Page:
T h y l a k o i d sT, 5 3 Suspension cultures,446 , 0, 574 icrobialproduction,U., T i p l a s m i d 7 Sweeteners-m peripheralnerve Tissueengineered i m p l a n t s4, 7 6 Symbaprocess,378 skin,475 Tissueengineered Symbaproduct,378

Stirred tank reactors, 240


urothelium,476 Tissueengineered

S t i r r e r cu ltu r e , 4 5 3


472 Tissueengineering,

S t i r r e r fla sk, 4 5 3 Stratagene, 'l 23



Synchron ization (of plant cultures),504

activator,135, Tissueplasminogen 194

S t e r iliza tio n o f cu ltu r e m e d ia ( o f fe r m e n ta tio n ) ,2 5 0 >terotost / / /

S t r e p to kin a se ;19 6

471 geneexpression, 65 Tissue-specific TK suic idegene,169 To mat or ipening,613

method, 482 for human di seases,487 mi croi nj ecti on method, 481 retroviral vector method, 481



Transgeni cmosqui toes,493



Transgeni cpi gs, 488

768 Uftracentrifugation,

Totipotency,490, 497

Transgeni cpl anl s, 572, 585, 622



Transgeni cpl ants as bi oreactors,

Urea biosensor, 300 Urea cycle,809


622 plants-therapeutic Transgenic proteins,638 'lransgenic sheep,488

Transamination, 809

Transgenic snails,493

Transcriptional genesilencing,593

Transgenic tsetseflies,493


Transgenic veggievaccines,637

Toxoids,200 Tradesecrets,745 Traditionalbiotechnology,3



Transcription inhibitors,45

Translation, 46

Transcription, 39 in eukaryotes, 42 in prokaryotes, 39

Transposable elements,32


Transposition, 32

Vaccinesin plants,636

Transposition of genes,67

V a c c i n i av i r u s , 2 1 1

Transcriptome, 38

I'ansposons, 32


Tra ns c r ipt om ic s , 3S

Transposontagging, TO


fray towers, 677

Variablenumber tandem repeats, 186

TransferredDNA, 70


Vectorrecombinant vaccines,211

Transfer RNA, 21, 45

l r l ac y l gl y c er O l S/ / /t)


Transformation, 87


Transformation assays,462

(plant)gene Vector-mediated rransret5/J

Transformation efficiency,87

Triosephosphate isomerase, 133 Triple repeatdiseases,-180

VectorlessDNA transfer,583

Transformation of cells, 463

Triple-stranded DNA, 17

Vectors, 82

Transformedcells, 430

Trophophase, 254


Transformed cells-characteristics, 463



Tryptophan, 353, 811

Vermicomposting, 714

Transgene,480, 572 Transgenesis, 480 Transgenesis in largeanimals,487

Tryptophanoperon, 62

Viable celfs-separalion, 44'l



Tuberculosis-diagnosis, 176

v r r a to r s e a s e s , , / 5 / Virapap,178

Transgene stability,593

Tubercu losis-recombi nant vaccine, 203

Transgenic animals,480

Tubularbowl centrifuge, 272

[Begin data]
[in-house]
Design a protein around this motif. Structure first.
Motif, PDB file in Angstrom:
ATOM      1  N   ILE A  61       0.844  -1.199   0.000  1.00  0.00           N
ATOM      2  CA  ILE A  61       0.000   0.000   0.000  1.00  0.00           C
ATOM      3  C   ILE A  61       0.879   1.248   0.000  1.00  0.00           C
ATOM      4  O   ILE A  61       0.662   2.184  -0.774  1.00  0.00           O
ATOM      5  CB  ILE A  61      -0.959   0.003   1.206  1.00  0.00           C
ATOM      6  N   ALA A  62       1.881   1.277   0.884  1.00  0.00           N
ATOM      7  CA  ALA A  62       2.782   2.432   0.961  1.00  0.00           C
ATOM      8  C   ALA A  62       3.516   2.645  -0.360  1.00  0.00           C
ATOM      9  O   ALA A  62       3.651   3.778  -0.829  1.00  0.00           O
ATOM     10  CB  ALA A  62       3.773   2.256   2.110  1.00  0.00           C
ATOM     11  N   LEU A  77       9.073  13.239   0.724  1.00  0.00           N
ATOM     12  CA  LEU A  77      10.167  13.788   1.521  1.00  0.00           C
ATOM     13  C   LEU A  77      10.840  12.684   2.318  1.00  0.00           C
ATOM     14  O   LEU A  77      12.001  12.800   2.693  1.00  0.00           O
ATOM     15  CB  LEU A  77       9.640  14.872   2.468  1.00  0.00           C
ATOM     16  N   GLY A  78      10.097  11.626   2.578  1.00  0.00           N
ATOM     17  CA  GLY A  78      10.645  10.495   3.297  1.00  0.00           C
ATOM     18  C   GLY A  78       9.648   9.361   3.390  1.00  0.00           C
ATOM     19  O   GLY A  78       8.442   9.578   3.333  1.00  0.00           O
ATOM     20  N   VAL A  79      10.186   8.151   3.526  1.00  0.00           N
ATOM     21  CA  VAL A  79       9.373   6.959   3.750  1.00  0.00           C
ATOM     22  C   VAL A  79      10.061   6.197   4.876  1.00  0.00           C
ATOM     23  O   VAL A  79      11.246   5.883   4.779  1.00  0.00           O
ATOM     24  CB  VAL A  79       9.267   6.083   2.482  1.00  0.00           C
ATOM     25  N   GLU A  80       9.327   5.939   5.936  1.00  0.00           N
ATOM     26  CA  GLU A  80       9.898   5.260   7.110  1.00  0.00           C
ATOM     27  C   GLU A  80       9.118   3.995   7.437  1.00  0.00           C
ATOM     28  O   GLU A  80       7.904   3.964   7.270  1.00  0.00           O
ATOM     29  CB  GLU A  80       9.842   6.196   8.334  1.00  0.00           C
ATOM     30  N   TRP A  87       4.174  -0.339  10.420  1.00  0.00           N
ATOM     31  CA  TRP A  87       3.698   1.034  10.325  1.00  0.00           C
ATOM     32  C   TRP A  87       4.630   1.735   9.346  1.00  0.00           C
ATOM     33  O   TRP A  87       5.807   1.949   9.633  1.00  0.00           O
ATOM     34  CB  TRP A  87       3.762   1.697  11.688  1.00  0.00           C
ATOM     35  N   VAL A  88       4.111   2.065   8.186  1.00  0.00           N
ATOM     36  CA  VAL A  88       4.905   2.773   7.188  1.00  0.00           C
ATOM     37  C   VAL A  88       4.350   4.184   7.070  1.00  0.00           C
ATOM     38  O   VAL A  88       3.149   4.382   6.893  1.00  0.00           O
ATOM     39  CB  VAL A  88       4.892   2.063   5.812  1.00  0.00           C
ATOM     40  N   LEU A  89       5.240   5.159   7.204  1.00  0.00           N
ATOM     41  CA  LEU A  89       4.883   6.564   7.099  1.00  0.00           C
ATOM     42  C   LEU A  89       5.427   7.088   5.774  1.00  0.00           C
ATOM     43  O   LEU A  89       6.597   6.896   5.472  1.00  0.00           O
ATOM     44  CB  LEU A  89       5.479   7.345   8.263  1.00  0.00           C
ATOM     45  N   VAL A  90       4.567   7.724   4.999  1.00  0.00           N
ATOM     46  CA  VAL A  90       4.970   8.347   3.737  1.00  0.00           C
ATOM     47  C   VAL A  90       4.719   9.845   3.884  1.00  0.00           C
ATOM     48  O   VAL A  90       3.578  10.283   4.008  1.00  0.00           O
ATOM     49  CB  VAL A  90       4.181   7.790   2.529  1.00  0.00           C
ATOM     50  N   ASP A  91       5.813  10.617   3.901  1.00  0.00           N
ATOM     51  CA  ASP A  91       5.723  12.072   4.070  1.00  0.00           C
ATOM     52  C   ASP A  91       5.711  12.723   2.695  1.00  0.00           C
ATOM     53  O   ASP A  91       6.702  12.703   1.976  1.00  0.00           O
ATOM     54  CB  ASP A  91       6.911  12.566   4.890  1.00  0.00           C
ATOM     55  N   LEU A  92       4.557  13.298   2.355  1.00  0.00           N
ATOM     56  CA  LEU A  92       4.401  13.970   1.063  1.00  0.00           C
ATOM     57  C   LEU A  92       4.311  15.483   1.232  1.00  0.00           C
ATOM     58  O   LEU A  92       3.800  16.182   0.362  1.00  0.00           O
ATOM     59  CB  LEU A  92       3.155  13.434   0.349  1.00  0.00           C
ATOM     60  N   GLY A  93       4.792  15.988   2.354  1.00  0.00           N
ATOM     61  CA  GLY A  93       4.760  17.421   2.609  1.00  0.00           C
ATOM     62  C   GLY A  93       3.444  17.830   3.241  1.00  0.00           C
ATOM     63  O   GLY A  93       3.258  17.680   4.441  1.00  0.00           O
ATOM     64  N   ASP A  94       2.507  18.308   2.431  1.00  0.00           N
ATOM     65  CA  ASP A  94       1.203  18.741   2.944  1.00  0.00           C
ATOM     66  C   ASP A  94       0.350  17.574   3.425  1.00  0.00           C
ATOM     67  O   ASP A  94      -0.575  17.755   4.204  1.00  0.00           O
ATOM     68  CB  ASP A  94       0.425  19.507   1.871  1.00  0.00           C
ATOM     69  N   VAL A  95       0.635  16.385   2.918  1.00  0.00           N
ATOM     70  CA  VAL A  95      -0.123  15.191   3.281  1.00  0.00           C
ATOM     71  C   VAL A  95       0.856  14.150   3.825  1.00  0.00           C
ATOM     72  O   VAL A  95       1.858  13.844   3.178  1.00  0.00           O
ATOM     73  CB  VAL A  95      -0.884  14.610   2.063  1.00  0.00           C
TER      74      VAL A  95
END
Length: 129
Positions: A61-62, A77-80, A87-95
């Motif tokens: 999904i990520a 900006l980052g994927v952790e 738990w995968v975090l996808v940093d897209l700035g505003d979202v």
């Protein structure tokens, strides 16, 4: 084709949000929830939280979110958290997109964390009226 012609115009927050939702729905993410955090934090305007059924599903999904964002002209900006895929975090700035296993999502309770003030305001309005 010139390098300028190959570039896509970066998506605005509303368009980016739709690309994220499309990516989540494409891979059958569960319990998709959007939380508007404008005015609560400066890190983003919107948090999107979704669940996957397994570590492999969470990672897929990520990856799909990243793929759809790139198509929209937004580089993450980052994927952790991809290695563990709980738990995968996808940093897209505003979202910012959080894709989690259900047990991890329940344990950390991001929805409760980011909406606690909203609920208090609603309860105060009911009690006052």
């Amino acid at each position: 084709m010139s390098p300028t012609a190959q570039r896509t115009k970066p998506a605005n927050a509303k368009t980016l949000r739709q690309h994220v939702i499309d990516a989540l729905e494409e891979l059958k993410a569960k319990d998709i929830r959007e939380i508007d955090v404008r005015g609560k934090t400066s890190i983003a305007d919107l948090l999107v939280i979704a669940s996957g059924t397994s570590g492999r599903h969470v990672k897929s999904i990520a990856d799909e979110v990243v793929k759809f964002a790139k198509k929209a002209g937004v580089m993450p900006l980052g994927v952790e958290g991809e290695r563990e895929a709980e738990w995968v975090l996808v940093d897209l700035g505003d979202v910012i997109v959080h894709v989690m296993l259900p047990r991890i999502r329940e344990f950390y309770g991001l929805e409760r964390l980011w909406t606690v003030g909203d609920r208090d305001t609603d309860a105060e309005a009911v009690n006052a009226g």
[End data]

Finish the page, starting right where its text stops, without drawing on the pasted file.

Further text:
Virus resistanceof plants,602

Transgenic bollworms,493


gene transfer,58'l Virus-mediated

Transgenic Btplants,743

Viruses-characteristics, 757

Transgeniccattle, 488

Tumor-infiltrating lymphocytes,168 gene, .l69 Tumor-suppressor

Transgenic ihickens,489

Tumorigenicity, 465

Virusesin gene therapy,159

Transgenic crop plants,620



Transgenicfish, 49O


Vital force theory, 758



V i t a m i nB r 2 ,3 5 5

Transgerric medflies,493


VitaminC, 327

Transgenicmice, 2"17,481 applications, 485 embryonicstemcell


Vitamins-microbial production.355

TyrosylI-RNA synthetase, 136


Transgenesis in plants,572

Virus coat proteins/602

Viruses-importance, 757




Water recycling,705

36 Xerodermapigmentosum,

Westernblotting, 100

X y l a n a s e1, 3 3 , 6 3 3

Whey,249 439 Warm trypsinization, Waste water, 682, 686 Wastewater treatment,6B6 Wastewater treatmentfor dairies,703 Wastewater treatmentfor distillery,T04 Wastewater treatmentfor sugar indus t r y , 705 Wastewater treatmentfor tannery, 7O4 Water blooms, 665 Water borne disases,680 Waterdeficitstress,610 Water deficit tolerance,6'11 Water hyacinth,396, 4O4,667 Water fettuce,4O4, 667 Water pollution,679 683 Water pollution-measurement, quality DNA testingby Water .l analysis, 84

Whiskers,587 White buttonmushroom,381 302 Whole cell biosensors,


Windro system,7l2 Wines,370 48 Wobble hypothesis, Wood-richplants,399

Yeastartificial chromosome,86, 1 4 0 ,4 8 4 Yeastexpressionsystem,141 Yeastthree-hybridsystem,72 Yeasttwo-hybrid system,72 Yoghurt,365

x Xanthan,383 Xanthangum, 383


Xenobiotics, 718 Xenogeneiccells,473

Zinc finger motif, 66

Xenograft, 821


493 Xenotransplantation,

Zygote intrafallopiantransfer,234